Sunday, November 11, 2007

Armistice Day 2007

1914 IV. The Dead


These hearts were woven of human joys and cares,
Washed marvellously with sorrow, swift to mirth.
The years had given them kindness. Dawn was theirs,
And sunset, and the colours of the earth.
These had seen movement, and heard music; known
Slumber and waking; loved; gone proudly friended;
Felt the quick stir of wonder; sat alone;
Touched flowers and furs and cheeks. All this is ended.


There are waters blown by changing winds to laughter
And lit by the rich skies, all day. And after,
Frost, with a gesture, stays the waves that dance
And wandering loveliness. He leaves a white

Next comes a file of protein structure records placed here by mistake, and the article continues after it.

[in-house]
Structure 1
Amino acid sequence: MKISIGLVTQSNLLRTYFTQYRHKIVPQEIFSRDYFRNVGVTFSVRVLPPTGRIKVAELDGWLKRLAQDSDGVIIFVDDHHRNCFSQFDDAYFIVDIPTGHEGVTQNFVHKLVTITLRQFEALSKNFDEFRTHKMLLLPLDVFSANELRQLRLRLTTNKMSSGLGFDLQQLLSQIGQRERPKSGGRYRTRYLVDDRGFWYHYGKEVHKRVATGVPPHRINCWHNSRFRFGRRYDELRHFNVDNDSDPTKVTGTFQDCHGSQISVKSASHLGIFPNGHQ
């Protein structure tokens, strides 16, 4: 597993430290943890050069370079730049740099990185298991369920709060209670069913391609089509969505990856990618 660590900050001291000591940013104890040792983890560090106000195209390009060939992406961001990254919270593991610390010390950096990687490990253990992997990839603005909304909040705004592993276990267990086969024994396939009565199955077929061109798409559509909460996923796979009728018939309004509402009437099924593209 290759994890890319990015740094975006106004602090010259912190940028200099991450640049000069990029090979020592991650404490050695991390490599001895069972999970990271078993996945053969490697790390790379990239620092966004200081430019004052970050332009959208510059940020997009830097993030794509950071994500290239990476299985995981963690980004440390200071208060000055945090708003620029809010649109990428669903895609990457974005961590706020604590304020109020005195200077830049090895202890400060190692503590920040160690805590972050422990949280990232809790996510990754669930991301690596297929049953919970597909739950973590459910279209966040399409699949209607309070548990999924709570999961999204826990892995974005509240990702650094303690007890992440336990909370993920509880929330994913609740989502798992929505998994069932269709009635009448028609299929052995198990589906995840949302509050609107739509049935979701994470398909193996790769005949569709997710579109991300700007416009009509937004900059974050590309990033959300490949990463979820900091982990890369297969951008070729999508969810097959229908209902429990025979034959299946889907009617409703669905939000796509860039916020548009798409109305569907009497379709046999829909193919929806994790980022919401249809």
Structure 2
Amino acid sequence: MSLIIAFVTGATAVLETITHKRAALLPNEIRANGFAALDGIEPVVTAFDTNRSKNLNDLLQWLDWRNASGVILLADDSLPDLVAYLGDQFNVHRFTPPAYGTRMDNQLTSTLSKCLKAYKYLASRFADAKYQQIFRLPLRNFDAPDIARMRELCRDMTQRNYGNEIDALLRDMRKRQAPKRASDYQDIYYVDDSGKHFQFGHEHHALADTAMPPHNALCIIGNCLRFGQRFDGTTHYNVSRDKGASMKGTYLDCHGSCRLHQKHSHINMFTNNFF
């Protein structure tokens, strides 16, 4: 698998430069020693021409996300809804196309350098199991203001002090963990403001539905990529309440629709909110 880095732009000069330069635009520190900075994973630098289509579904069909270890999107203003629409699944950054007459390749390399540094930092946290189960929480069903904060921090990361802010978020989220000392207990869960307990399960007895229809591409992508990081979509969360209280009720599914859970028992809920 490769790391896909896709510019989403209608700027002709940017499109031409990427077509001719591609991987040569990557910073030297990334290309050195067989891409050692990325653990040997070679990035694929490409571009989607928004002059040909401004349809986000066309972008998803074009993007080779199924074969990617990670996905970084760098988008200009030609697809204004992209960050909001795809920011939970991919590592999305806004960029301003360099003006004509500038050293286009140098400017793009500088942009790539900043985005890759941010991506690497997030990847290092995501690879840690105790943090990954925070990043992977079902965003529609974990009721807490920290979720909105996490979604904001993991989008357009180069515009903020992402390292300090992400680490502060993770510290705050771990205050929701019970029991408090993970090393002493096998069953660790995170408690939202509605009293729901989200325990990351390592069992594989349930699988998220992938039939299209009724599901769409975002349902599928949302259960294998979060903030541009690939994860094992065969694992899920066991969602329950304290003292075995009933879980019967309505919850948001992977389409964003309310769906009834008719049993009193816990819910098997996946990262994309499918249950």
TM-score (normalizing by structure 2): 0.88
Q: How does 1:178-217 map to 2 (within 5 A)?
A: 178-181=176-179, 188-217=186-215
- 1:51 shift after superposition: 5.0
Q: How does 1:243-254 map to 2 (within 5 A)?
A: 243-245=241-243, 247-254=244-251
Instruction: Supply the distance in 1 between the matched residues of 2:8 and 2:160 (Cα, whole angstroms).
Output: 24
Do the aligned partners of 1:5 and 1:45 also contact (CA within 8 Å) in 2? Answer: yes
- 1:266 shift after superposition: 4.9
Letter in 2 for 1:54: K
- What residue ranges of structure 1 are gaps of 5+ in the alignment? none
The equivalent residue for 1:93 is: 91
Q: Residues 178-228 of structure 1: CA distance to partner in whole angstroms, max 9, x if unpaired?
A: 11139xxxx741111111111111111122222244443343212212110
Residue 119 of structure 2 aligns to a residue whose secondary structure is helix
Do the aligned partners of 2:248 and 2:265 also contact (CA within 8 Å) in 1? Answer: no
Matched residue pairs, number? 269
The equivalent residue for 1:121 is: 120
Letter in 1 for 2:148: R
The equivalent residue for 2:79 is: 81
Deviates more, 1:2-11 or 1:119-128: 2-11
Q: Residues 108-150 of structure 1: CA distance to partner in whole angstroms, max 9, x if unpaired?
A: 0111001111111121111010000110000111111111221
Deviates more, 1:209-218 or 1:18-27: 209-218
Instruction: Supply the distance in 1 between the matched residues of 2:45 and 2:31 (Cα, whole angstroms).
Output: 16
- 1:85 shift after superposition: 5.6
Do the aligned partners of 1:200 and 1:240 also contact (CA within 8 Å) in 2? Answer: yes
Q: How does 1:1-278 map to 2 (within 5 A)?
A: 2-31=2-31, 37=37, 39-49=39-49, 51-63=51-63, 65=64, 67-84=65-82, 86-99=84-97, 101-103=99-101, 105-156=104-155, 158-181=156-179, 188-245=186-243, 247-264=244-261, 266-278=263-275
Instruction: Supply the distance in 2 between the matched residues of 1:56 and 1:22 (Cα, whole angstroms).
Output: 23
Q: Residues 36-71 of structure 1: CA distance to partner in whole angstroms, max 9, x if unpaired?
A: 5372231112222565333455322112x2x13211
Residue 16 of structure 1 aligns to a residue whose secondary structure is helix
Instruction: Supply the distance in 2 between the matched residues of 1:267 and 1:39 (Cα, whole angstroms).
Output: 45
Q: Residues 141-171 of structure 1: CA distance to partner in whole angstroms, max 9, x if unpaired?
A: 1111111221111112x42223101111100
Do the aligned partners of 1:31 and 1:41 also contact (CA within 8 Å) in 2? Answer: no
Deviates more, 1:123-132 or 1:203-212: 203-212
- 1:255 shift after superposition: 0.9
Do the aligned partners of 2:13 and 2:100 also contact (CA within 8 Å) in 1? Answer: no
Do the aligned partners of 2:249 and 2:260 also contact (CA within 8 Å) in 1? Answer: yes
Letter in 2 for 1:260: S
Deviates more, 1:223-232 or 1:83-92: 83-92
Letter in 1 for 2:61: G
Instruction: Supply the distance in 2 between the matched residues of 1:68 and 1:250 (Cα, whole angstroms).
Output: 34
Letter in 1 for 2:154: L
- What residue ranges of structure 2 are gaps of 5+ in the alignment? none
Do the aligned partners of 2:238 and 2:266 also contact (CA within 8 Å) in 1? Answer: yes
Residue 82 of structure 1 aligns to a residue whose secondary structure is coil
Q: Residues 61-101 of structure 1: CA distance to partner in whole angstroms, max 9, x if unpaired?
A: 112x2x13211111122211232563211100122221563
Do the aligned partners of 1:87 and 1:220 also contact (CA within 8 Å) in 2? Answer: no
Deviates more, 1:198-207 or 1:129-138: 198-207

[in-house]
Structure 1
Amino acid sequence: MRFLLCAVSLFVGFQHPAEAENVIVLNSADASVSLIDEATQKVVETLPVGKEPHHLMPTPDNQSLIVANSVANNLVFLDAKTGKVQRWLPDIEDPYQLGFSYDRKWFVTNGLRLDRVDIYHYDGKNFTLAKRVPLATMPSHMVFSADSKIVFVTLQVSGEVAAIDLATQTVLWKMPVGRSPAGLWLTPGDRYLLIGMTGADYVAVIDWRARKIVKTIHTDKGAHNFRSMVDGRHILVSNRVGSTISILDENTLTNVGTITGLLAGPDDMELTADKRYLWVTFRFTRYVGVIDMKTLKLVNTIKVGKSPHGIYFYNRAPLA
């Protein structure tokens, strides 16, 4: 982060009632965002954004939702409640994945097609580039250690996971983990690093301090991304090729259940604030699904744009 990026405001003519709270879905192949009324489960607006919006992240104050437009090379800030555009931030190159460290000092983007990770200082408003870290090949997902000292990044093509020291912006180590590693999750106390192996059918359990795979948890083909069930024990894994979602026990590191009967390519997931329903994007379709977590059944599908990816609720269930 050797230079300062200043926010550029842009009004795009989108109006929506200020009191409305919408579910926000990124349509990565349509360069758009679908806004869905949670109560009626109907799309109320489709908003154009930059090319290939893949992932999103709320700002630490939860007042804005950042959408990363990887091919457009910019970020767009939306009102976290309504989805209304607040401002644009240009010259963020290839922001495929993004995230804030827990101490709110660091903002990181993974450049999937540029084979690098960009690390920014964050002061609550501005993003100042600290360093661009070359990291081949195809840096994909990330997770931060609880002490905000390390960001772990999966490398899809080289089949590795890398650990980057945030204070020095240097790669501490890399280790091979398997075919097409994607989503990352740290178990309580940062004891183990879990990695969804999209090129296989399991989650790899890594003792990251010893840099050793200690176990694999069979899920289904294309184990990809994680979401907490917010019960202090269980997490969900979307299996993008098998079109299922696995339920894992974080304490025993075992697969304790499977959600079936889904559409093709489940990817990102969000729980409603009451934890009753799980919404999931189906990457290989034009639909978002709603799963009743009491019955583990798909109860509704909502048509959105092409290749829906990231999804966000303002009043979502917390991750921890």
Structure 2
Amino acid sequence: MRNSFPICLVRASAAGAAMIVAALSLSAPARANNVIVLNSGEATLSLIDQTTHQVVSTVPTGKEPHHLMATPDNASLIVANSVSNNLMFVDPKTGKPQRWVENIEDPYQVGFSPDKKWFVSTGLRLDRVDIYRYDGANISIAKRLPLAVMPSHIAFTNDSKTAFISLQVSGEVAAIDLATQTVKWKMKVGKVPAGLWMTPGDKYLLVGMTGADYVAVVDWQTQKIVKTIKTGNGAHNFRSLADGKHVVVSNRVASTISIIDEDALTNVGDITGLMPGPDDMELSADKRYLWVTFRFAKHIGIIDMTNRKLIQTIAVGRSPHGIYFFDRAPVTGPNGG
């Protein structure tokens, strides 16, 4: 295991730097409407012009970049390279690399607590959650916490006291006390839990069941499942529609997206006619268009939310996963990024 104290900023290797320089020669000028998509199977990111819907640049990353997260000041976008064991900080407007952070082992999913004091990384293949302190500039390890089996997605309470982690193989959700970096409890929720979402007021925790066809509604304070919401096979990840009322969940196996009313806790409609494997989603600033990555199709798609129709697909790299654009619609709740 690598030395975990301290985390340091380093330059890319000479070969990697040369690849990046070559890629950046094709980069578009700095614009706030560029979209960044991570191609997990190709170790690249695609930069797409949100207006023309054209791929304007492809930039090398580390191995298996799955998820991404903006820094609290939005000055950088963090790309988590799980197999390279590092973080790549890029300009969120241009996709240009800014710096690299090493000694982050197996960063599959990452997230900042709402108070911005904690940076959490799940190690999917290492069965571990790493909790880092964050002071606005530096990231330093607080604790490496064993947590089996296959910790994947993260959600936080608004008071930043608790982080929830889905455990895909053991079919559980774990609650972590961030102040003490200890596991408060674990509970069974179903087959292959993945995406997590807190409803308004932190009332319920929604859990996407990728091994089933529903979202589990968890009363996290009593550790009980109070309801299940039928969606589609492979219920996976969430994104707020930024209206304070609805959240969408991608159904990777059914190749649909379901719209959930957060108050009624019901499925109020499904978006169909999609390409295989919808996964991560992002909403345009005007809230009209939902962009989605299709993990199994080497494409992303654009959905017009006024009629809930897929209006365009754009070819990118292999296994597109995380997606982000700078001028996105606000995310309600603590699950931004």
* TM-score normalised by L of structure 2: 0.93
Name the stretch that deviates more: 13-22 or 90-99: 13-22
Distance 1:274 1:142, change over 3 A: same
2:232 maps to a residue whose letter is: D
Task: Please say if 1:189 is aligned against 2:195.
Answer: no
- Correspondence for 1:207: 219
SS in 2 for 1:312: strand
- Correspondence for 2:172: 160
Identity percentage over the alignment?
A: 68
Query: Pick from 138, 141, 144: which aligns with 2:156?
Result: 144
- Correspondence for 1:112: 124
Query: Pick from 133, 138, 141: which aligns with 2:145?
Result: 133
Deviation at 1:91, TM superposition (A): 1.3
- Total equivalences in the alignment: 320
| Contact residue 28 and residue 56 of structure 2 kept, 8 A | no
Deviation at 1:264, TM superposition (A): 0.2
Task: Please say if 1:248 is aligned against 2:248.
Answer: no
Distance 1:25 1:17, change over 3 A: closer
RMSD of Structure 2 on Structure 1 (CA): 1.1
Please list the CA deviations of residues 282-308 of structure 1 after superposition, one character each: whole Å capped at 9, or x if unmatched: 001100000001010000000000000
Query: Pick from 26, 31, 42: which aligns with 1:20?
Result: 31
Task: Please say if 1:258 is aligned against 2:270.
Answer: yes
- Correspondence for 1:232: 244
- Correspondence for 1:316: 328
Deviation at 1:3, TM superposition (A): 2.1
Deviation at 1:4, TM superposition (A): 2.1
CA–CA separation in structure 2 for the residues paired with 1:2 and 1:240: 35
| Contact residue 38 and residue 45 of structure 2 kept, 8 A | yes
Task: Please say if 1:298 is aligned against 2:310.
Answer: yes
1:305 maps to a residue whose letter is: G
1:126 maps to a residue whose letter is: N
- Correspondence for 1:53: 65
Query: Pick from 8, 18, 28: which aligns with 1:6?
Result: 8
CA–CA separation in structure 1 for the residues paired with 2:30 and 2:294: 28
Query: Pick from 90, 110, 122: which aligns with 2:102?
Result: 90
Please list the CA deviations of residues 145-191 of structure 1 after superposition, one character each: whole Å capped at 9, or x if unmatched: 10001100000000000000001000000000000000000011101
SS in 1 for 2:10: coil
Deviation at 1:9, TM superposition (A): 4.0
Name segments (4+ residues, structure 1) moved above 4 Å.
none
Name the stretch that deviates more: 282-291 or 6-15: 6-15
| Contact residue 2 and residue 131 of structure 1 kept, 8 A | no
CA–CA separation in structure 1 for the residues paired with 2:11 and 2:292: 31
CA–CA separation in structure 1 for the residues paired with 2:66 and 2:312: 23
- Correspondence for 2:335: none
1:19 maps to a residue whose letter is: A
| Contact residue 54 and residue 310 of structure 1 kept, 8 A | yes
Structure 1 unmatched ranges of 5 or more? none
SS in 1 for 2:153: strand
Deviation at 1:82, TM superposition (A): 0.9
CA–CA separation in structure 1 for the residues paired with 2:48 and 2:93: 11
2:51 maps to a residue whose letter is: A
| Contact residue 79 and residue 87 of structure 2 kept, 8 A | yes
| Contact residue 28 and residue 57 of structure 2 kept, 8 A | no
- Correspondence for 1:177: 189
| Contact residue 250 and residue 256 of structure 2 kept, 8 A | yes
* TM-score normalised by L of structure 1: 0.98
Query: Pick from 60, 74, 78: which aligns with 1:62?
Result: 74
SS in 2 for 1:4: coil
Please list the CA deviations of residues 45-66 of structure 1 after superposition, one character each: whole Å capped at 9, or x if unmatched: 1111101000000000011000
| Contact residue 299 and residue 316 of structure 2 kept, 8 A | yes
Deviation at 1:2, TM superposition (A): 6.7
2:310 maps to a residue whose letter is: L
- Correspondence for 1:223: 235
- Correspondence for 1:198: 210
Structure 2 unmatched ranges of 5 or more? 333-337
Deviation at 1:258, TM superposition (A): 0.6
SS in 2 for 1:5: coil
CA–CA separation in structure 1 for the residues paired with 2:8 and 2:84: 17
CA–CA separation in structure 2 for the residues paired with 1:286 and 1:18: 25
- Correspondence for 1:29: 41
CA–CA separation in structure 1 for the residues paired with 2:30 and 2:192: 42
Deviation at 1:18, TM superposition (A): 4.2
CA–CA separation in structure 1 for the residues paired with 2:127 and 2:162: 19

Unbroken glory, a gathered radiance,
A width, a shining peace, under the night.


Rupert Brooke (1887-1915)

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2 Comments:

At 1:58 PM, Anonymous e said...

Sadly, nobody reads Rupert Burke anymore. You get, what, two of his poems in a lit survey class at some point, and that's all?

Oddly, it was his memorial in Poet's Corner at Westminster that touched me the most--him and, elsewhere in the abbey, that great, demented polar explorer Sir John Franklin, whose memorial read "towards no earthly pole."

 
At 1:59 PM, Anonymous e said...

bloody hell, Brooke, not Burke. Sorry about that. My only excuse is, I was watching a storm over the lake as I typed, and not actually paying attention to the keyboard.

See, this is why they never should have taught us how to type without looking at the keys.

 

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